Visible and invisible advantages

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In the sport of waterpolo, and I assume handball and a few other sports, a left-hander is worth more than a right-hander. Ambidextrous people are worth more than both combined, but the reason a left-hander is worth more is because the angle from which they shoot makes it much easier to score from the right side of the field.

Since right-handers are much more common, if you are left-handed you can still be in the starting-seven if your skills lack less than some right-handers. For a well-balanced team, you would want at least two left-handers, preferably more, because of the evident advantage they provide.

The advantages that are evident are quickly exploited, such as tall basketball players, or long-legged runners, but what about in less visible areas? I’ve heard that the perfect person to disrupt the tourism industry is someone who is an outsider, young, and crazy, all traits of a minority, yet often we simply search for job-seekers with the ability to simply fit in.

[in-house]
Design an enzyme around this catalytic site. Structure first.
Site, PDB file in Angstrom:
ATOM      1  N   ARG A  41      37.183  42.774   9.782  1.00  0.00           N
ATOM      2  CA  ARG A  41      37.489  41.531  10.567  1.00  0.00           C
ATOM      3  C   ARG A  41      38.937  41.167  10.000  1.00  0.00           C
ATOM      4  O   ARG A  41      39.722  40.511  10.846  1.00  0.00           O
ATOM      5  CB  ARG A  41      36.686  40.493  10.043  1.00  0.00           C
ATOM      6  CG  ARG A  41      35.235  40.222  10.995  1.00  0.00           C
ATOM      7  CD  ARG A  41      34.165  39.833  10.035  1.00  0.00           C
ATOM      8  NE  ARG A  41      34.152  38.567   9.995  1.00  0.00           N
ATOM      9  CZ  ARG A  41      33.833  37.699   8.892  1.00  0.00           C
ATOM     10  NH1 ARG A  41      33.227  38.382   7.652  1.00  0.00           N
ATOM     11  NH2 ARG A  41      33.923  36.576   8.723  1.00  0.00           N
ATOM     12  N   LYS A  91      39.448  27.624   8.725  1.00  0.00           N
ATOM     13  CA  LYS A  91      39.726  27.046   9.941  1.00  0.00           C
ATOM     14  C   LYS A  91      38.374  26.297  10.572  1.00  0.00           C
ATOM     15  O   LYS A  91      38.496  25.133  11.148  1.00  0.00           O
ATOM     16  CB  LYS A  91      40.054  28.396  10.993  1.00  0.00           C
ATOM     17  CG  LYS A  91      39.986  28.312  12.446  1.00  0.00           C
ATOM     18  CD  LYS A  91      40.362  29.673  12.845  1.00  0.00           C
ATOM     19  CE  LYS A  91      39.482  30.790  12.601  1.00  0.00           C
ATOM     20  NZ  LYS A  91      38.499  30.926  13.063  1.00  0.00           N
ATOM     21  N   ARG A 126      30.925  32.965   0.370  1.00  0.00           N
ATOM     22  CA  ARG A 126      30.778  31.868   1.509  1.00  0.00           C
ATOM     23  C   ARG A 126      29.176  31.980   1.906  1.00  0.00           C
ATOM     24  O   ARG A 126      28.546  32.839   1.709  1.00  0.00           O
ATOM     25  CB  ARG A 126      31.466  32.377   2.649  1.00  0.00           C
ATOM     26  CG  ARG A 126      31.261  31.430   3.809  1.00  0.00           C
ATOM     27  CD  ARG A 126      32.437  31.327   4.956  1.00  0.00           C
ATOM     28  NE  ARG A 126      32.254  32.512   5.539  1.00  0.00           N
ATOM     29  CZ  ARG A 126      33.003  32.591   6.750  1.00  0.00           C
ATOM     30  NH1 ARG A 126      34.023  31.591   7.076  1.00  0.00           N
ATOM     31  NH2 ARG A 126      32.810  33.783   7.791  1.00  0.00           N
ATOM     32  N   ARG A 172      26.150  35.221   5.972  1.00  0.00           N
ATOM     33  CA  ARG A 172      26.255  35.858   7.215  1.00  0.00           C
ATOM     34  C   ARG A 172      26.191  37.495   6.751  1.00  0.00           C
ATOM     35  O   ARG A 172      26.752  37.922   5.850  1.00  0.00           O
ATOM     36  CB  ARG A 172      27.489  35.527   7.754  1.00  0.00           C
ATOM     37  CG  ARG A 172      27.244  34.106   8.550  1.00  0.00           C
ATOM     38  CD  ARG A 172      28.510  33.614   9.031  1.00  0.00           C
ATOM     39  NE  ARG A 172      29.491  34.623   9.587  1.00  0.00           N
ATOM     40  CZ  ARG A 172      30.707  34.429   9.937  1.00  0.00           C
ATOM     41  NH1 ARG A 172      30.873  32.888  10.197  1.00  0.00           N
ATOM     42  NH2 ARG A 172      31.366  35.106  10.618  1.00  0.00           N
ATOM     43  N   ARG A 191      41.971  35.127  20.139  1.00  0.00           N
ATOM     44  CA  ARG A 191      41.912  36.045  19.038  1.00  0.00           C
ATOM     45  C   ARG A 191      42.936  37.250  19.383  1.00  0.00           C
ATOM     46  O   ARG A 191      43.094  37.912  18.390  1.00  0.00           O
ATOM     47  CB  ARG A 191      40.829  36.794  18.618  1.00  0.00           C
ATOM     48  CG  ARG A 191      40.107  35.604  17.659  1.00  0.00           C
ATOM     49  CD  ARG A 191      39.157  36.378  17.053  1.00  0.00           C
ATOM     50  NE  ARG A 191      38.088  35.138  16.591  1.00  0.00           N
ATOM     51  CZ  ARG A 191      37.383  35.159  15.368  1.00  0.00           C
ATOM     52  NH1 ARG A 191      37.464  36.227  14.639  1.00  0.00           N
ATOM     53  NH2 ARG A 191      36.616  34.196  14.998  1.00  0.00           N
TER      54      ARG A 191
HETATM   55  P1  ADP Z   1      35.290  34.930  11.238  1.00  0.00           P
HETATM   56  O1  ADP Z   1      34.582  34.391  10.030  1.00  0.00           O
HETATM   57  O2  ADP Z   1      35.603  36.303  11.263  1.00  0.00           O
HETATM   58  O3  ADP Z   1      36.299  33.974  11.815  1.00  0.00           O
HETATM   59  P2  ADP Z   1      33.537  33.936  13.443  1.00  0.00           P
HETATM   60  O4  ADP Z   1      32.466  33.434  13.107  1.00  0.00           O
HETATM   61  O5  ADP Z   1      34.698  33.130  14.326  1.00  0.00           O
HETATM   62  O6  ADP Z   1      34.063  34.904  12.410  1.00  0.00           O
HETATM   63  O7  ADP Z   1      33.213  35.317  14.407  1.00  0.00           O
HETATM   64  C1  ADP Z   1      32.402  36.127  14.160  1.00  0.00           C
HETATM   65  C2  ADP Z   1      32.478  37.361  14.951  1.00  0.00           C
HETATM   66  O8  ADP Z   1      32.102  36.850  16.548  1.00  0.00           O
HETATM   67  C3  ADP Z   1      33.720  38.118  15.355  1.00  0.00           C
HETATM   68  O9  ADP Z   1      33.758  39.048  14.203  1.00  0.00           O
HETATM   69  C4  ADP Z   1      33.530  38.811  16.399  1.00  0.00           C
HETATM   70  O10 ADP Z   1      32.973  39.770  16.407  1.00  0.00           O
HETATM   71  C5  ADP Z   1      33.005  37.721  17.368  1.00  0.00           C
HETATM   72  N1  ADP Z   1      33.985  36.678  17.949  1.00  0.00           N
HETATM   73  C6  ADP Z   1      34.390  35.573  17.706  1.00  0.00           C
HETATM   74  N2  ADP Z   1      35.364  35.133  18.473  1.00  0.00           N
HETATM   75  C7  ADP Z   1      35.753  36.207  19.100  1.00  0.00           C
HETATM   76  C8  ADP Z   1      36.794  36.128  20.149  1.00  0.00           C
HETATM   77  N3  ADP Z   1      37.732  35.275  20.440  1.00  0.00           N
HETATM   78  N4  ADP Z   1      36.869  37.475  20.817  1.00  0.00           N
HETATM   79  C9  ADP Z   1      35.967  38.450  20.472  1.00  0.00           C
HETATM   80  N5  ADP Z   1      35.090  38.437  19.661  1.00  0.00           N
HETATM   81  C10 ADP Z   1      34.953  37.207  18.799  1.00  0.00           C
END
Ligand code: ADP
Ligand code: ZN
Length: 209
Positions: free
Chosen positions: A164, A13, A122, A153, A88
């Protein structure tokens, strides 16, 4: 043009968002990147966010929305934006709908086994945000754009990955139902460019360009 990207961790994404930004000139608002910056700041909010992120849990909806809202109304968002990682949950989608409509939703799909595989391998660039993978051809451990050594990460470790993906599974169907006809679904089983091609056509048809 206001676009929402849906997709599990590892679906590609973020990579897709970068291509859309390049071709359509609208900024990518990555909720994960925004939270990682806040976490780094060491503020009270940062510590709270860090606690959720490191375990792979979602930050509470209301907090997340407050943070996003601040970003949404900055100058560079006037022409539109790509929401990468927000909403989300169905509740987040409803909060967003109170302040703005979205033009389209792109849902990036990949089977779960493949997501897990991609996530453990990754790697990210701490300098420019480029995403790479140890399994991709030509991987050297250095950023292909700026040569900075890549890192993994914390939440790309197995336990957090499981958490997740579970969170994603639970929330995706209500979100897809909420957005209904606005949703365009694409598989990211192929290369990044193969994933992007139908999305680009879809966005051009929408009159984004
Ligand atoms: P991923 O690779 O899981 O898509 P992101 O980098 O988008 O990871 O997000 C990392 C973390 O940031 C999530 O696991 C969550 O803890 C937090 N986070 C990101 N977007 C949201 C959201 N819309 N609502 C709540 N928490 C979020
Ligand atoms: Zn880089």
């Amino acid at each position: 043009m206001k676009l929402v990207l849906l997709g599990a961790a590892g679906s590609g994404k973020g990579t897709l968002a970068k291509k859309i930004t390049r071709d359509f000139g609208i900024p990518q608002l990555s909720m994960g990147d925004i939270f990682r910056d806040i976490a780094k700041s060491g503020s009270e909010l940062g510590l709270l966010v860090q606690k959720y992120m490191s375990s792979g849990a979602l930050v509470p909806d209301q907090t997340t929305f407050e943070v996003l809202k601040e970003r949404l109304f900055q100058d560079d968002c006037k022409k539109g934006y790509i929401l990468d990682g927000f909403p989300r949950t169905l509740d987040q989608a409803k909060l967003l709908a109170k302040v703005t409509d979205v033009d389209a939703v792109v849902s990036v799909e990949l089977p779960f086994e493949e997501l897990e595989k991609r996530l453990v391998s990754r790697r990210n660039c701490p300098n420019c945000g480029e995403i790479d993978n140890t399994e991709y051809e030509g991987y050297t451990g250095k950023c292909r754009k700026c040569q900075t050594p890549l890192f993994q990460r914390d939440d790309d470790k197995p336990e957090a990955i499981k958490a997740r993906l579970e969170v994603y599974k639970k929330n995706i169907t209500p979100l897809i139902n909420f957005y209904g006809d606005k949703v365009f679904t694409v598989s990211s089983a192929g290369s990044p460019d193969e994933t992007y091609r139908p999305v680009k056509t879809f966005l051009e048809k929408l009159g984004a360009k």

The different perspectives that outsiders give can often be used to our advantage. We should be seeking to create people with a different point of view, which we can do by putting them through life-changing experiences and having them interact with outsiders as much as possible.



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Tim Bunting Kiwi Yamabushi

Tim Bunting Kiwi Yamabushi

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Sakata City, Yamagata, Japan

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